It must be known that some drivers have bugs. For example, the last working version of Orca becomes unusable if there is a single card using the radeon driver (instead of amdgpu) in the system, so if you have one card driven by radeon (instead of amdgpu) and another driven by amdgpu, Orca will not work with the one driven by amdgpu because of the other one being there, even if it would work if the other one would be physically removed from the system.

As I wrote before, ROCm can wreck the kernel if it attempts to supports some GCN cards, so if your system has a GCN card that is affected like the R9 390X and another card more recent like a Vega one and you install ROCm to support the Vega one, you will get problems. Oh, and I was able to verify not all Vegas (even PCIe ones) are working with ROCm (I had to use PAL once). Somes are supported by PAL but PAL has been removed. I have already said it was messy, right?

There is currently a script to install AMD OpenCL drivers on Ubuntu, a script to build Cloved by oneself, and a script to build clvk by oneself (a project to implement OpenCL on Vulkan) but for now none of them are working (even if Clover partially worked before in the past).

My scripts come with built-in help (–help).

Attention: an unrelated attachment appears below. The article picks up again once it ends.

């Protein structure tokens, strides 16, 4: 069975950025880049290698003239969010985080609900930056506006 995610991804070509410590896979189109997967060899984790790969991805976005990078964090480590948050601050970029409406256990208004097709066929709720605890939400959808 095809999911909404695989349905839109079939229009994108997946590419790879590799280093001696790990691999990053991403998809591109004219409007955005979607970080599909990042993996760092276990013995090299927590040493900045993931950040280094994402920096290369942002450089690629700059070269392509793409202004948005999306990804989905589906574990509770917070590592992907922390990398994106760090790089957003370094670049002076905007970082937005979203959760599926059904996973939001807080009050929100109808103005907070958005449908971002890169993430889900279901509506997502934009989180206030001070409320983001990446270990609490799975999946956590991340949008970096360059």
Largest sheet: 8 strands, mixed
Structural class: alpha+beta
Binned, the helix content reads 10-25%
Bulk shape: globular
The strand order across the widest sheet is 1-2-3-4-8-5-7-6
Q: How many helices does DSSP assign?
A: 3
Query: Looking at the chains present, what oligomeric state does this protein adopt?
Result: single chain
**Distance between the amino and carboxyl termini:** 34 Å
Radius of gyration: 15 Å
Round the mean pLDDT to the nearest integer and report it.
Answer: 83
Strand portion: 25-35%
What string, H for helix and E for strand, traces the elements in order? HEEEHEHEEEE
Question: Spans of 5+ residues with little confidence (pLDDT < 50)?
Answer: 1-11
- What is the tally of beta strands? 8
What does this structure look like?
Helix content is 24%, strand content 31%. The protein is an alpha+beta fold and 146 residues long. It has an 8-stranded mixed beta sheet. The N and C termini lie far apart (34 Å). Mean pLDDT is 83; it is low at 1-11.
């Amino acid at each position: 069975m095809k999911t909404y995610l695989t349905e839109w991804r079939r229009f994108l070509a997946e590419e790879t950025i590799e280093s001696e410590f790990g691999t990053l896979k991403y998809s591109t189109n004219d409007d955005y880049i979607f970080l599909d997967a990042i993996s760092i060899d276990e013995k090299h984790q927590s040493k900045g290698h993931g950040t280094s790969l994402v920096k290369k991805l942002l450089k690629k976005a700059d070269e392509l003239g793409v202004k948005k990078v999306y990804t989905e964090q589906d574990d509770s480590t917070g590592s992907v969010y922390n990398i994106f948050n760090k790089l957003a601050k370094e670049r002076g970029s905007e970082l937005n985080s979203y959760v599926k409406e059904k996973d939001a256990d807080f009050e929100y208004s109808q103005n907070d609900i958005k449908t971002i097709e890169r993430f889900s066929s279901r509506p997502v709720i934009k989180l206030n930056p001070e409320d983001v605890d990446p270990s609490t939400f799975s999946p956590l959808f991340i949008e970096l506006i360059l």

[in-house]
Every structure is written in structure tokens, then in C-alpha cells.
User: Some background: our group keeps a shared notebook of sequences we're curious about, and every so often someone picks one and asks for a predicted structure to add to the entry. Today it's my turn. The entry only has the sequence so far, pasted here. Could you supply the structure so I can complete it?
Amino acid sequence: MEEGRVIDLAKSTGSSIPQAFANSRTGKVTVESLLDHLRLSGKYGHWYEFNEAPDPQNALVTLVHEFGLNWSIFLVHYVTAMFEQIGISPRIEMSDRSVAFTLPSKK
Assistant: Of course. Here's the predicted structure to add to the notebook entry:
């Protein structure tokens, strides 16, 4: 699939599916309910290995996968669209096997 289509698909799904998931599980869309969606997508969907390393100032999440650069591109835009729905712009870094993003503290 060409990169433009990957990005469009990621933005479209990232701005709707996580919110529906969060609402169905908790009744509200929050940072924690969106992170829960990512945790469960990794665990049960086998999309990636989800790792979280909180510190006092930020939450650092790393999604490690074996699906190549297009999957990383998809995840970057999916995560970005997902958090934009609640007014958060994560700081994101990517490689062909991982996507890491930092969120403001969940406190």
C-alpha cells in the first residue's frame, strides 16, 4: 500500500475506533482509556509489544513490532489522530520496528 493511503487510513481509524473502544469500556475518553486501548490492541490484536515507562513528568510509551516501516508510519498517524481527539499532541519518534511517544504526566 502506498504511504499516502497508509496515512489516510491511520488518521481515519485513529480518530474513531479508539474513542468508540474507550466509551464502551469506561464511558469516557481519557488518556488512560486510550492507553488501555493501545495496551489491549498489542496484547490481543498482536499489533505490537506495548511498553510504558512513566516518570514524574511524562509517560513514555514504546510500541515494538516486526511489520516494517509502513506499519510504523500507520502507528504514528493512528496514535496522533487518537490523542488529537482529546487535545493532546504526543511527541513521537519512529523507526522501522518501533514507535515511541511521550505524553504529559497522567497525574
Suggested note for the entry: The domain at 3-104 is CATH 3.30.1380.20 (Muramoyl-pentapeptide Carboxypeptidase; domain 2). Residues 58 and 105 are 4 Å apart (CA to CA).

You’ll find a summary of my knowledge on the repository I ♥ Compute! on GitLab:

This not only talk about AMD but the AMD situation is the worst of all. The Nvidia drivers (even if proprietary and not integrated) usually supports OpenCL and Intel drivers stats to become usable (even if there, there is a driver proliferation, it’s less bad).

So you’ll allso find some scripts. I make clear I don’t have the means to maintain backward compatibility. If you use one of my scripts to install a driver, make sure you’ll backup somewere the script you used to unnstall the version you installed. I don’t have the means ti make sure new versions of scripts uninstall what have been installed with an older version.

You’ll also find an issue tracker where I track at the same place the problems I face and I report elsewhere (or that have no other place to be reported to).

Hardware donation? funding? professional service?

I not only test AMD cards, even if that’s my priority (because that’s what I use).